Ten Drawings: Christine Hiebert '84
Jan 17—Mar 10 2014
The Drawing Room
An exhibition by Graphic Design Adjunct Associate Professor and alumna Christine Hiebert BFA '84 (Graphic Design).
Reception: January 18, 5 – 7 p.m.
Hiebert has devoted her artistic practice to drawing for 25 years. Her distinct focus on the language of line as an expressive invention of the mind and the body is unique. Using traditional and non-traditional drawing tools, Hiebert's exploration of the art of drawing expands from the intimacy of a sheet of paper to wall installations in museums. This exhibition of 10 drawings reveals the range of her articulate experiments in linear abstraction over the last decade.
For Hiebert, the flat, white surface of a sheet of paper or the rotunda wall of a museum offers a specific site for the investigation of line. The texture and brightness of a sheet of artist's paper or the curve and height of a gallery wall engages her to reach into an elastic universe and "pull lines from thin air.” In these ten important drawings each gesture asserts its posture in the expandable white space, each mark a confirmation of consciousness. The stops and starts of each thin or thick, bold or faint line as it intersects or avoids another, evoke improvisational dance.
Hiebert has said, "In all of these drawings lines are joined and grouped in a way that both support each other and pull free in acts of independence. Often, a single mark radically changes the experience of space and movement in a drawing.”
Some works, including two small drawings from the (ct.05) series, focus on the malleability of one or two mediums. With blue tape and charcoal, these emerged shortly after the artist installed a monumental wall drawing in the rotunda space at Pinakothek der Moderne in Munich in 2005. Following that on-site installation covering 6,000 square feet, Hiebert returned to an intimate scale keeping the sense of space and movement open on a single sheet of paper. Eager to combine the tape with other mediums, these drawings were her first forays in using charcoal and blue tape together. In another series representing a culmination of the earlier work in charcoal only, she often brushed the surface of the paper with rabbit skin glue to give it tooth that would catch and smudge the charcoal lines. The eraser also played a role, pushing whole abstract passages into the distance and giving context to the fresh, crisp lines that followed.
As various additional mediums started to come into the drawing process, Hiebert let each find its own sense of materiality and its particular function within the drawing as a whole. A number of the more recent drawings pit natural and manufactured materials against each other. The red earth in (rdl.13.4) was found on a walk in her working environment at the Virginia Center for Creative Arts. Dug from the ground, she integrated it with charcoal that was contrasted with blue adhesive tape, colored pencil and ink applied with a hard-edged brayer.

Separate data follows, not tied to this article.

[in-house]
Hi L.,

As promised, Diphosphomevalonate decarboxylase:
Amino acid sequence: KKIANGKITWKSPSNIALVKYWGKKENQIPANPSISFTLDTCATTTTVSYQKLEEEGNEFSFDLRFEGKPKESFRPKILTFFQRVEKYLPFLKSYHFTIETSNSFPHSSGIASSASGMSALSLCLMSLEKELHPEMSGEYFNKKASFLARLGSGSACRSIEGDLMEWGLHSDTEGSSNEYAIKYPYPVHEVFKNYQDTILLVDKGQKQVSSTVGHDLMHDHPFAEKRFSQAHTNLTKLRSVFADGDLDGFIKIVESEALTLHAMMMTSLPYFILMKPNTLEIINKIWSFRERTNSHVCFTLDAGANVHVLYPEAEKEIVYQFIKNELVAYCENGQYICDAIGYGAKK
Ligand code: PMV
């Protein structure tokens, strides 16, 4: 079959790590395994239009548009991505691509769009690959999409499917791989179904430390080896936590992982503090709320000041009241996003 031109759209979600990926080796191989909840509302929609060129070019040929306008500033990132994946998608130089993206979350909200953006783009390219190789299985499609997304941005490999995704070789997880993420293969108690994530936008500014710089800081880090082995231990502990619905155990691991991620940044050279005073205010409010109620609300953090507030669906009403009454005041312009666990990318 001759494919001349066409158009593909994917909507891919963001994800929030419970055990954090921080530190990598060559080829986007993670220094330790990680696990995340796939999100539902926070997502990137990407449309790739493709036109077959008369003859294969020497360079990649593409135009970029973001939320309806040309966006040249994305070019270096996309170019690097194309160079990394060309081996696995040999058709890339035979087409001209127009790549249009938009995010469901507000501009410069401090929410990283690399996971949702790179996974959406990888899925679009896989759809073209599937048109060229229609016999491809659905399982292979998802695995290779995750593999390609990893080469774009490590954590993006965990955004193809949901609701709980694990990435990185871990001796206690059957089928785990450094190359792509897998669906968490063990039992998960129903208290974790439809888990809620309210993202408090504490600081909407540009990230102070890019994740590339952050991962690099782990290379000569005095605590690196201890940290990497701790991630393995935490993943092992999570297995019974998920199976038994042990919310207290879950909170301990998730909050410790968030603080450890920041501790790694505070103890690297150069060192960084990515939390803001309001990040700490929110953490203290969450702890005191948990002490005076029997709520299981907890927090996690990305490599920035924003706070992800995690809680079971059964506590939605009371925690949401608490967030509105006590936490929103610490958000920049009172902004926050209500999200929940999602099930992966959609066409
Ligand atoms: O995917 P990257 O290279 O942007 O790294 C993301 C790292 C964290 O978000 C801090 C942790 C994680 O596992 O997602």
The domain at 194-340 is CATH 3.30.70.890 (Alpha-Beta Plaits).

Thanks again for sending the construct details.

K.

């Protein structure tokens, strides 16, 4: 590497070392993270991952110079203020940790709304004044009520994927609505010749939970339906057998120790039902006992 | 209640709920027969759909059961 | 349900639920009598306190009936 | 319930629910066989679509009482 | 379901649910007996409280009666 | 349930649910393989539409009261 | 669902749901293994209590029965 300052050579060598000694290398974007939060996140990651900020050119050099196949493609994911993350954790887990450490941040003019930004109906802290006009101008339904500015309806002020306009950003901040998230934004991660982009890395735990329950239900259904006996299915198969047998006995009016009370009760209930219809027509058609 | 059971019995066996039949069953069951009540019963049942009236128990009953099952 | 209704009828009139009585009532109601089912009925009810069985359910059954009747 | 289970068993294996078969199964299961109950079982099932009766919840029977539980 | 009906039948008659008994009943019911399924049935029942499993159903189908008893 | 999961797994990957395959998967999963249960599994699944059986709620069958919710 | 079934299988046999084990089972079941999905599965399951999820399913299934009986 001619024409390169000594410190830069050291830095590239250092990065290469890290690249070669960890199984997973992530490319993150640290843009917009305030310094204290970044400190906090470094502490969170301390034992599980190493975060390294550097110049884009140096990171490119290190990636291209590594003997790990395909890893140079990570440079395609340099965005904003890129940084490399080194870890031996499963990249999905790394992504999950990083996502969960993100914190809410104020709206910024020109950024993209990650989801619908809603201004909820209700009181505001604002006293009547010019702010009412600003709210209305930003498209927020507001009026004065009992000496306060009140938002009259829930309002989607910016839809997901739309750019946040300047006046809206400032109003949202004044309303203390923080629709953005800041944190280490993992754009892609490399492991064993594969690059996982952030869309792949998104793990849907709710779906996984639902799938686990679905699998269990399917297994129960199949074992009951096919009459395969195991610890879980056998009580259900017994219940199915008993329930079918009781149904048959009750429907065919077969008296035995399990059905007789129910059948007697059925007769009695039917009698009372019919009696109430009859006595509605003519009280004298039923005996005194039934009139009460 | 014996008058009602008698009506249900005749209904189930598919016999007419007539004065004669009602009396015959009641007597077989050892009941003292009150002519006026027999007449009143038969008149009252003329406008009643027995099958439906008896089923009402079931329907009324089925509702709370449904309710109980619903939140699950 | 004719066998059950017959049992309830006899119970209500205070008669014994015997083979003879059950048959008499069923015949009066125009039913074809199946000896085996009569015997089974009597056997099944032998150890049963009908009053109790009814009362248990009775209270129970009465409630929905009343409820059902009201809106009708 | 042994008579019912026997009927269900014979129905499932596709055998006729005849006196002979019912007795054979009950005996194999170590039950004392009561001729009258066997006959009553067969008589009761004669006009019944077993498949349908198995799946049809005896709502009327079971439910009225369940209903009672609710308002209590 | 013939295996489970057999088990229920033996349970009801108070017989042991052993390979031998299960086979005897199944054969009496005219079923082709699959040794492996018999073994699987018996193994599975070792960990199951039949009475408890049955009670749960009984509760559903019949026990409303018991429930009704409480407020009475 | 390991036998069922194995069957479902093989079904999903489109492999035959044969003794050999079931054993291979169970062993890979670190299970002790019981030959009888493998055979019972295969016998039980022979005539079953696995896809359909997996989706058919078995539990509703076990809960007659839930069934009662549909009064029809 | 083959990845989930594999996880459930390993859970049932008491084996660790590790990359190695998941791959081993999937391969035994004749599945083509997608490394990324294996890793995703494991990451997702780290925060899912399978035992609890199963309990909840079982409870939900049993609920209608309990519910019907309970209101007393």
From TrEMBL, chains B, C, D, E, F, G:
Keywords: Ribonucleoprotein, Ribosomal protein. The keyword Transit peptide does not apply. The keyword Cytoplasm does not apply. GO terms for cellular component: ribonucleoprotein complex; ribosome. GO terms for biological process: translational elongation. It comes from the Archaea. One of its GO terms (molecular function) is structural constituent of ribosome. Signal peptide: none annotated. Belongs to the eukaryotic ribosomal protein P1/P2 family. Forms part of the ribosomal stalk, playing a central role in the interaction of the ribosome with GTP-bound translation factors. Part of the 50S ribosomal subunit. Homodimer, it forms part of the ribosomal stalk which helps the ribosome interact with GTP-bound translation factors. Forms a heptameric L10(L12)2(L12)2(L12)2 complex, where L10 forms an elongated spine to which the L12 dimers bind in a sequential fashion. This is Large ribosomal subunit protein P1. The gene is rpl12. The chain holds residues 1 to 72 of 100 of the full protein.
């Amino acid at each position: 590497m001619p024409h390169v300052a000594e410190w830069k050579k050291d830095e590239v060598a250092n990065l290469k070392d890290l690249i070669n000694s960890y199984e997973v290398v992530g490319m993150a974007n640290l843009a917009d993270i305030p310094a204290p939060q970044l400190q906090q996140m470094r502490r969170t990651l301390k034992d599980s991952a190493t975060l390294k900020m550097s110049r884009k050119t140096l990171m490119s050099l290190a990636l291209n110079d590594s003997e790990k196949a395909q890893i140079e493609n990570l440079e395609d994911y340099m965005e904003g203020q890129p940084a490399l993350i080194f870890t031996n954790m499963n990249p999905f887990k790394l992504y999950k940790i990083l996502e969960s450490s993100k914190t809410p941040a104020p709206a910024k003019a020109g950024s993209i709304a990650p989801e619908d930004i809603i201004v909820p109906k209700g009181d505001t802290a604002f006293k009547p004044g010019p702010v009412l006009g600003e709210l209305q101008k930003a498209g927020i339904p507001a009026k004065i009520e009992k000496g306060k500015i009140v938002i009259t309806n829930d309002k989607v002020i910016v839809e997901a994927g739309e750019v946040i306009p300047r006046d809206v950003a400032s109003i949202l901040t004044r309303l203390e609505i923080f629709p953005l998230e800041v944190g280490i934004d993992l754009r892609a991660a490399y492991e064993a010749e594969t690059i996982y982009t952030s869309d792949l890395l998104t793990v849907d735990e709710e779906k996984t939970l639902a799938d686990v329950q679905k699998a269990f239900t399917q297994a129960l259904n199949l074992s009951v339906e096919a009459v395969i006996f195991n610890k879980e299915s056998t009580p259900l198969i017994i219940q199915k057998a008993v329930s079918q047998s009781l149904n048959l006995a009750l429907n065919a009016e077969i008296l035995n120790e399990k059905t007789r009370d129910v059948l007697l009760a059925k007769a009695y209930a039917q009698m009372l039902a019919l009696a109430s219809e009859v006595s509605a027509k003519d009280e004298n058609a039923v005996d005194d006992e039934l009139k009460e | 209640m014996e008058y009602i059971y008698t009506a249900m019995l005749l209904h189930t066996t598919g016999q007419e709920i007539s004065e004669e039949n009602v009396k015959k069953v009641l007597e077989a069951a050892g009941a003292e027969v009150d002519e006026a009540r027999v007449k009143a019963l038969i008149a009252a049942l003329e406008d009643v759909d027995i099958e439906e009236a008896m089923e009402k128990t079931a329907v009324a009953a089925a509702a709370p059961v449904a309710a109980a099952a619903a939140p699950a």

In 2008, Hiebert began drawing with inked brayers from block printing, rolling 4-inch wide tracks of black ink across the white page to create stark armatures of velvet blacks poised in the light. In (rd.08.8), red earth is rubbed onto blue tape in a collage of layered strips evoking the welded silhouettes of David Smith. Further researching the material potential of her tools, Hiebert began to draw with her thumbnail on the reverse of a sheet pressed to the inked glass to discover she could transfer muted lines and dotted textures that appear to have been made by weather. A shift of the tool to its edge gave Hiebert new lines with old media. Carving space with her tape or stacking sticks of charcoal or brayer lines in a graph of lightning over time, her compositions seem to fall out of the natural world.
Mindful of the history of drawing as a mirror of human expression over the centuries, Hiebert pursues her art with eloquent control and an insatiable drive to trace her own path of discovery. Her investigation of drawing has been supported by The Virginia Center for the Arts, Amherst, Virginia and the Ucross Foundation in Clearmont, Wyoming, where some of these works were made. Widely exhibited in New York and Europe, Hiebert’s work is in the permanent collections of the Museum of Modern Art, Yale University Art Gallery, the Metropolitan Museum of Art, the Hammer Museum and the Whitney Museum of American Art, among others.The Drawing Room
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